Hong Kong, China: Of a feather
Just as you can't walk down a Paris street without seeing dozens of doggies out for a promenade, a stroll in Hong Kong will make you aware of the Chinese fondness for keeping birds, said to bring good luck: You'll see cages hanging and hear their tweets trilling out of windows.
The feathered pets are prized more for their singing than their looks—there's a thriving demand for songbirds, and that market has its HQ in the Yuen Po Street Bird Garden.
This market, in Prince Edward Road West, is a feast for the senses: Tucked in alleys and courtyards are more than 70 stalls hawking birds and everything the birdlover might require, from the aesthetic and collectable (pricey handcrafted teak cages, wee porcelain feeders) to the practical (live crickets, grasshoppers and mealworms (all that singing makes a body hungry).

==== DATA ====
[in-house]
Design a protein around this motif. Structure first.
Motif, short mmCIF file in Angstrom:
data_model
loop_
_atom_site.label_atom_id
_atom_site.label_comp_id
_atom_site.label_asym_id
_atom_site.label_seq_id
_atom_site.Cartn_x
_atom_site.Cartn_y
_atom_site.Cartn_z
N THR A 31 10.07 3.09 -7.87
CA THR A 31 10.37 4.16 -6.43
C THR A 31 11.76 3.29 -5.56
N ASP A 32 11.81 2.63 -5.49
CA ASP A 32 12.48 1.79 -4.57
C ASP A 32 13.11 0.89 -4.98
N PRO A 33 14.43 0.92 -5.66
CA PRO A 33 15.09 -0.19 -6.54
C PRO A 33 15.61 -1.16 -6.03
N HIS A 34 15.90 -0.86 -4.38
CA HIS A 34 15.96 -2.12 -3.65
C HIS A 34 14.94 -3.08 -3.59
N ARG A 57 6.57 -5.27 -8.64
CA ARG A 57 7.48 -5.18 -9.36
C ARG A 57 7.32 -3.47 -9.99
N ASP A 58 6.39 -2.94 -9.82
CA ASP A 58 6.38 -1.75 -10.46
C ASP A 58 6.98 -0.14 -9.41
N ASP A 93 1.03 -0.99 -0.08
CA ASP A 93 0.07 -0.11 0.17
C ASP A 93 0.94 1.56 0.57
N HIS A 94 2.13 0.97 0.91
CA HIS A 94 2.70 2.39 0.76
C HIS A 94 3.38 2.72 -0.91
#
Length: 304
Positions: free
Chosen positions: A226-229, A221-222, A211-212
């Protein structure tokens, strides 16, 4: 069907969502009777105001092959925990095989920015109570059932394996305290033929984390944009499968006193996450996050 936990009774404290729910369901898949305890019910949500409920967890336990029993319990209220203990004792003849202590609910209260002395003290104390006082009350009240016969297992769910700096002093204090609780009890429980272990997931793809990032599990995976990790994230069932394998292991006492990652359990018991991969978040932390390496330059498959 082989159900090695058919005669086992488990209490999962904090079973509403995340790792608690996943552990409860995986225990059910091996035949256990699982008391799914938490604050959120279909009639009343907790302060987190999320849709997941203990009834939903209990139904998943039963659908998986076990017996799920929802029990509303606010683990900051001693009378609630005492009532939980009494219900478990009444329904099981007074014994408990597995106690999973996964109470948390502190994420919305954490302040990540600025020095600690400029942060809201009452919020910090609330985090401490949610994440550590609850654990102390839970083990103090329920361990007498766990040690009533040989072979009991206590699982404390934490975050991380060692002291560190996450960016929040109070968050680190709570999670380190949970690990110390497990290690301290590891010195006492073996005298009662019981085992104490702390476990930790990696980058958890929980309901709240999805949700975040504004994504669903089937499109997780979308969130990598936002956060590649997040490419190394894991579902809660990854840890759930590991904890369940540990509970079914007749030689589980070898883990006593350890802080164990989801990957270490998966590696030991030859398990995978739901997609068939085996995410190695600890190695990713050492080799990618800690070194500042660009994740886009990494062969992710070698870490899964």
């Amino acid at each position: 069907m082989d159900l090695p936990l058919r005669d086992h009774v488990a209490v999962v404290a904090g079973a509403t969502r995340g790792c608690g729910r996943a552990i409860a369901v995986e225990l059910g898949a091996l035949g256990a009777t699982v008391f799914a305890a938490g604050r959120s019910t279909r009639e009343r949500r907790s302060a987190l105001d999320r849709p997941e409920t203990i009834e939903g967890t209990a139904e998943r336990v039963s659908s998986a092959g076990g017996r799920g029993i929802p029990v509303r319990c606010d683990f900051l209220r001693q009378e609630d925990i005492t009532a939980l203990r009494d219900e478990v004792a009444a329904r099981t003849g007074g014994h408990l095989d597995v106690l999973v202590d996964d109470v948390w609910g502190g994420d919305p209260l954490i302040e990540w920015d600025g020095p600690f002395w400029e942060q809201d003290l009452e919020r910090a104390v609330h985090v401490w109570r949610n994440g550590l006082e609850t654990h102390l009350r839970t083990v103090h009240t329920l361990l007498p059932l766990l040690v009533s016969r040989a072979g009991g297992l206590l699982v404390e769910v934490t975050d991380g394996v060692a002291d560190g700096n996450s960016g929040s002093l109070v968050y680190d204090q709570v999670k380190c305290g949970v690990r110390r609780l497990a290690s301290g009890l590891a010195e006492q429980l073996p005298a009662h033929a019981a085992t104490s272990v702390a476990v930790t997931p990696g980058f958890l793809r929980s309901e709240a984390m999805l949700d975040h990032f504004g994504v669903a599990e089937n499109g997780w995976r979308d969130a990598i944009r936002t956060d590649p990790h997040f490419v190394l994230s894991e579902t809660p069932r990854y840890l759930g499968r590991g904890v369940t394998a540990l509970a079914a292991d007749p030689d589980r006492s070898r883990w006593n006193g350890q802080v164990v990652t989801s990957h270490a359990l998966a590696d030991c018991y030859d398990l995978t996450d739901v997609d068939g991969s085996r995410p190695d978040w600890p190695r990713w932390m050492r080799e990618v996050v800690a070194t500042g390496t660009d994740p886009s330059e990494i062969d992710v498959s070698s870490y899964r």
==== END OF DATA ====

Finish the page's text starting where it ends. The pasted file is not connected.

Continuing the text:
Keep your hands to yourself (avian flu is a concern, and there are signs reminding you thereof), but your eyes and ears wide open.